Vietnam Utility Dares Mekong Devastation

Inertia and the inherent tone-deafness of an authoritarian regime have set Vietnam on a course toward economic and political disaster. It is not too late, however, for the ruling party's top leaders, the Politburo, to disavow support for state-owned PetroVietnam's plans to build a huge dam on the Mekong River.

If it is built, the US$2.3 billion Luang Prabang hydropower dam won't be the first dam on the Mekong mainstream in Laos. That dubious distinction goes to a dam built further upstream at Xayaburi by a Thai consortium. And three other dams, all financed and constructed by Chinese firms, would likely be put into service before the project led by a subsidiary of PetroVietnam, PV Power.

The dam foreseen at Luang Prabang will be a uniquely Vietnamese political disaster, however, because, barring 11th hour reconsideration, it will be the Vietnamese regime that allows this project to go forward.

When pressed for comment, Vietnam's representatives are apt to mumble something about living up to commitments, and yes, it is true that PetroVietnam signed an agreement with Laos back in 2007.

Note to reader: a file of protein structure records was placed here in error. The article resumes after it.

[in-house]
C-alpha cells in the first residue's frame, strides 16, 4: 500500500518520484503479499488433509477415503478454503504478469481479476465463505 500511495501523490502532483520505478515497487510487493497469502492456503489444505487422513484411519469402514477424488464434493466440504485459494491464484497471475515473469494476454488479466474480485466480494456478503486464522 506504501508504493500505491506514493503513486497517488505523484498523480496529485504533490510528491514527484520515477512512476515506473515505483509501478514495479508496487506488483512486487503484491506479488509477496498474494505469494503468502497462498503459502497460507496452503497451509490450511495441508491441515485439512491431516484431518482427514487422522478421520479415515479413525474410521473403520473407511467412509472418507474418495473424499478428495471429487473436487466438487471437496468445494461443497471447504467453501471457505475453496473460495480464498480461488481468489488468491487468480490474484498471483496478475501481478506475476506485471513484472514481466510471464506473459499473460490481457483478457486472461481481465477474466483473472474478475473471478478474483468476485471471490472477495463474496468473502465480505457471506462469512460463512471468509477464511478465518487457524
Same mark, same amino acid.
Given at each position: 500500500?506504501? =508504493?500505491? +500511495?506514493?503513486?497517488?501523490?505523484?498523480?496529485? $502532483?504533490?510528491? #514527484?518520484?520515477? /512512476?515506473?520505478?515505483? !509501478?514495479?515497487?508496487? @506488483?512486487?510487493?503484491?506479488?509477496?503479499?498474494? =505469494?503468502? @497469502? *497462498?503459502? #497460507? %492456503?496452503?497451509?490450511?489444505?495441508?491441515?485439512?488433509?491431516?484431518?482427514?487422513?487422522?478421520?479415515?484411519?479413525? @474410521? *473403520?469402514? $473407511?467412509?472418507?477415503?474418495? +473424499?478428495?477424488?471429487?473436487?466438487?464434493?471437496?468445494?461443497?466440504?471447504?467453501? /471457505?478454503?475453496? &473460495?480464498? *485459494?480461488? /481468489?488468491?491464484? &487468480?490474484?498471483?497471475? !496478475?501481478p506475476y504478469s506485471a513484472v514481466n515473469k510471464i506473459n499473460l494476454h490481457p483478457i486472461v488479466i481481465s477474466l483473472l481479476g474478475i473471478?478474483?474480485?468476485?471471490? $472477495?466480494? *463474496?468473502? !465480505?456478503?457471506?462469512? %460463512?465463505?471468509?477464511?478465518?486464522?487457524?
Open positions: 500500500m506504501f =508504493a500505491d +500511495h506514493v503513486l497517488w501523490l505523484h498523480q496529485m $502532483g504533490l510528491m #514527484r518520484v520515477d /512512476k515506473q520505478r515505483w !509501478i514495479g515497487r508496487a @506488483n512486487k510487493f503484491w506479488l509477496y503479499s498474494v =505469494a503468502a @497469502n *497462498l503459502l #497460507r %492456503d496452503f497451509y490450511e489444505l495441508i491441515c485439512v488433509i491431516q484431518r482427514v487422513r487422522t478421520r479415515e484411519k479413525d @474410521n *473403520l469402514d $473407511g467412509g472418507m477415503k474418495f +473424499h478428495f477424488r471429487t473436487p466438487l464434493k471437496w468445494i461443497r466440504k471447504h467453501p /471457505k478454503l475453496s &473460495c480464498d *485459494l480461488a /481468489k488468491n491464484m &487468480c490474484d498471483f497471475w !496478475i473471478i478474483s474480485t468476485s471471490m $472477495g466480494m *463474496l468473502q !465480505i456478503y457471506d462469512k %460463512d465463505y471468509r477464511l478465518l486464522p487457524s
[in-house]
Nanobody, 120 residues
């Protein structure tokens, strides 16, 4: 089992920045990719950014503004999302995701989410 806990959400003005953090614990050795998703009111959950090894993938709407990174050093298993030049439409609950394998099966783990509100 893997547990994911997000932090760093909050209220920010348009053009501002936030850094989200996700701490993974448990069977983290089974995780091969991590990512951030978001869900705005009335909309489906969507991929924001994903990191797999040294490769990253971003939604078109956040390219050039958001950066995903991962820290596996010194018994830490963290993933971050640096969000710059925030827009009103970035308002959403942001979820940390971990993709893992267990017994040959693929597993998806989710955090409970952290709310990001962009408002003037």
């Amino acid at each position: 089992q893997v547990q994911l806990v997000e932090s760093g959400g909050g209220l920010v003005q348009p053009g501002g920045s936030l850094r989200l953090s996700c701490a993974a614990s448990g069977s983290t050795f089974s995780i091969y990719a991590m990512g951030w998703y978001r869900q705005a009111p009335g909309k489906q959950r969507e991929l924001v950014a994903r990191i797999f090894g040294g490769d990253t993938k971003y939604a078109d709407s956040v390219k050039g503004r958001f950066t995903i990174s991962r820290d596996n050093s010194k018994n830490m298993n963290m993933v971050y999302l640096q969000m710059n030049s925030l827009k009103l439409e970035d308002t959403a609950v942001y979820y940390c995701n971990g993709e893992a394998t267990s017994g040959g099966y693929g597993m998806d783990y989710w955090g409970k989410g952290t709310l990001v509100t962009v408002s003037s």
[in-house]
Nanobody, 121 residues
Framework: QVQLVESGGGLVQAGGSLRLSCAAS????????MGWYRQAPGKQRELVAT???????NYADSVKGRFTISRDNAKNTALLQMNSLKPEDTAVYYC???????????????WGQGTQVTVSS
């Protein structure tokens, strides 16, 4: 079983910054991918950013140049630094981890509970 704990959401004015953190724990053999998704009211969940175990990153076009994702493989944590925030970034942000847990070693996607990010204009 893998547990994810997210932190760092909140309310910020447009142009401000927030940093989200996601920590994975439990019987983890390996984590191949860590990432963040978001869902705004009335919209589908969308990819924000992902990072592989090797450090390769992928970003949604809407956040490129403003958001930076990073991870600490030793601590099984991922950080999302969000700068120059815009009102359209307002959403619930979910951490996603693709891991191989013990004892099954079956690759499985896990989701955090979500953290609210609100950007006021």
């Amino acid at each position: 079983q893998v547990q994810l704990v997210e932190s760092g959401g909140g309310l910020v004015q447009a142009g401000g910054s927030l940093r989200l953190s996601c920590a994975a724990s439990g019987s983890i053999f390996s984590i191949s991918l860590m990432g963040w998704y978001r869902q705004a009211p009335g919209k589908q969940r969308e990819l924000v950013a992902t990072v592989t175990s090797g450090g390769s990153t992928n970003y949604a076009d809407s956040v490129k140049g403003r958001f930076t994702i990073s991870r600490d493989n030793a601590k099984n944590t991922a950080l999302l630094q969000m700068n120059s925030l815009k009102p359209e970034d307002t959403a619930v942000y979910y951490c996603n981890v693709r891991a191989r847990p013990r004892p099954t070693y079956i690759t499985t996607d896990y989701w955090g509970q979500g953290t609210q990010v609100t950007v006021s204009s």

Since then, it has become abundantly, incontestably clear that the damming of the Mekong and its many tributaries is devastating the environmental and economic health of the Lower Mekong region, lowlands that are home to some 20 million Vietnamese and 10 million Khmer farmers and fishermen. These impacts are no longer a matter of conjecture.

As Asia Sentinel has warned in previous stories, starved of annual increments of sediment and nutrients, the Mekong Delta's famous fertility is bleeding away. Migratory fish have been the mainstay of the world's largest inland fishery, but now, because they are unable to reach spawning grounds, these populations are crashing. This year the region has experienced cataclysmic drought followed by record flooding. Climate change is partly responsible, but according to Vietnamese experts, uncoordinated storage and releases of water from upstream dams aggravate the seasonal variations on which farmers depend.